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La La Land (2016)
Blu-ray Disc Released: 4/25/2017
All Ratings out of
Review by Stephanie Long, Posted on 4/24/2017
I love musicals. I mean I really LOVE musicals. I grew up watching many movie versions of musicals such as Hair, Grease, Sound of Music, Oklahoma, The Music Man, and West Side Story to the point I could sing every note and quote every line. Even now as an adult, I can still picture every scene from my favorite musicals, so when I heard about La La Land, I was immediately hopeful. If Hollywood is going to continue to drag its heels and not make the movie version of Wicked (hello- Idina and Kristen aren’t getting any younger), then I will happily take an original musical to add to my personal favorites. Unfortunately, La La Land is not it.
La La Land tells the story of two artists who cross paths in chance encounters and finally fall in love. Emma Stone plays Mia, an aspiring actress who works in the coffee shop on a movie set and also writes her own plays, including a one woman play called “So Long, Boulder City”. Ryan Gosling is a jazz pianist named Sebastian who helps Mia (and many in the audience, myself included) understand why jazz is an art form. The story is quite simple as the two balance the ups and downs of their emerging careers along with their love life. Throw in some wonderfully choreographed dance numbers, an exceptionally well-planned primary color scheme, and two big stars, and you should have an absolutely delightful movie musical to revive and bring back this staple from the past.
A movie with so much effort, promise, and star power should have been “La La Lovely”, but ends up being” Blah Blah Bland”. It tries to be 500 Days of Summer (a great quirky love story) as a musical but it has none of its charm. Only the song City of Stars is memorable (perhaps because it is played several different times in the movie), and many of the dance numbers are good, but the story itself and casting of the main stars tarnishes the magic of what does work. I did enjoy the complexity and exuberance of the opening number which makes one think this is going to be a joyful movie experience, but I could not get behind some of the main performances and the tedious, plodding pace which made me restless and bored halfway through- the ultimate sin for a movie- especially a musical.
I have to scratch my head as to why Emma Stone was cast as Mia other than the fact that her red hair fit into the color scheme. She cannot sing (whispery singing can’t disguise this), and while she doesn’t trip during any dance numbers, she has absolutely no natural grace. There are also some points in the movie when her attempts to be charming by being goofy (i.e. the “I Ran” silly dance directed at Sebastian for being a jerk to her during their first few encounters) actually made me cringe. It appears she is mugging for camera to show how fun and quirky she is, but the faces she makes are honestly awful. While I enjoyed her in some of her other movies, she just was a terrible choice for Mia. Why would someone who can’t sing and only passably dance be cast in such a role? There are lots of actresses out there who can do all three (Evan Rachel Wood would have knocked this out of the park), so perhaps the on-screen chemistry some felt she had with Ryan Gosling in Crazy Stupid Love led to her role in this movie.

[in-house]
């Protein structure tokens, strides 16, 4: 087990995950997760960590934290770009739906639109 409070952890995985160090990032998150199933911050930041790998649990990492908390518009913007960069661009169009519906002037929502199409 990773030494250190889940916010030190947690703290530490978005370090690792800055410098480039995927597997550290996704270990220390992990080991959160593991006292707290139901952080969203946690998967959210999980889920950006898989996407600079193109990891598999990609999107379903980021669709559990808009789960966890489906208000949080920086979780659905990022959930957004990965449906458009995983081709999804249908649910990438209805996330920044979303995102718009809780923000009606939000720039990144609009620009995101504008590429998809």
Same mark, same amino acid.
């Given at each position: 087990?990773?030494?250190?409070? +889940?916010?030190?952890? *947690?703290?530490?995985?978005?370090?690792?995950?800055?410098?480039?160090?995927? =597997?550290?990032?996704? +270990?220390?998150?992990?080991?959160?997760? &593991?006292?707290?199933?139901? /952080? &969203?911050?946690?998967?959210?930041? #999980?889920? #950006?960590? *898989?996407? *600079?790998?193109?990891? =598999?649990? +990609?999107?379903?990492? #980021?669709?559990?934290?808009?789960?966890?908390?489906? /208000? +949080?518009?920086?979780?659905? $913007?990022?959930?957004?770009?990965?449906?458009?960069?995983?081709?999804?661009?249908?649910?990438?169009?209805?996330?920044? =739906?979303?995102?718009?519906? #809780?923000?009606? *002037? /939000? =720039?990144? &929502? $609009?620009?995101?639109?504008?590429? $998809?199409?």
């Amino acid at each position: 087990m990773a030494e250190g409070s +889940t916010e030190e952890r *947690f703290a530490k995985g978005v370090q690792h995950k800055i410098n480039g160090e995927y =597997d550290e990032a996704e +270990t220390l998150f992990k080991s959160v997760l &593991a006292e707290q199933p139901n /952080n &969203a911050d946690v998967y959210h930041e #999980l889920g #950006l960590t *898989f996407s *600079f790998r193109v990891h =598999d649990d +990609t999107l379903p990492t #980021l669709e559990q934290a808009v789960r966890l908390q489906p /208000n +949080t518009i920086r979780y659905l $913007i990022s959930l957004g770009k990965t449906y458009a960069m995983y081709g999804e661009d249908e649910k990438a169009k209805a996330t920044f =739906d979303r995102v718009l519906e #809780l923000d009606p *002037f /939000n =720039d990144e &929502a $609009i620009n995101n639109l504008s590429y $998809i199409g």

Gosling, however, does a much better job in this movie as he can sing well enough and does have more grace then his co-star. I am not a huge fan of him like others, but having seen his humor in The Nice Guys recently, I do understand his popularity more now. His character Sebastian does not come off very well in the beginning even though the movie explains this is because he was the victim of a scam, but by the end of the movie, his character is more the heart of the film and more likable than Mia ends up being. Many reacted negatively to the ending of the movie, but I actually found this one of the better parts of the movie because I was able to feel more connected to Gosling’s character than Stone’s. The ending reminded me of The Way We Were, but the acting of Gosling and the way the ending was written kept it from being sappy and hit a nice emotional note to close the film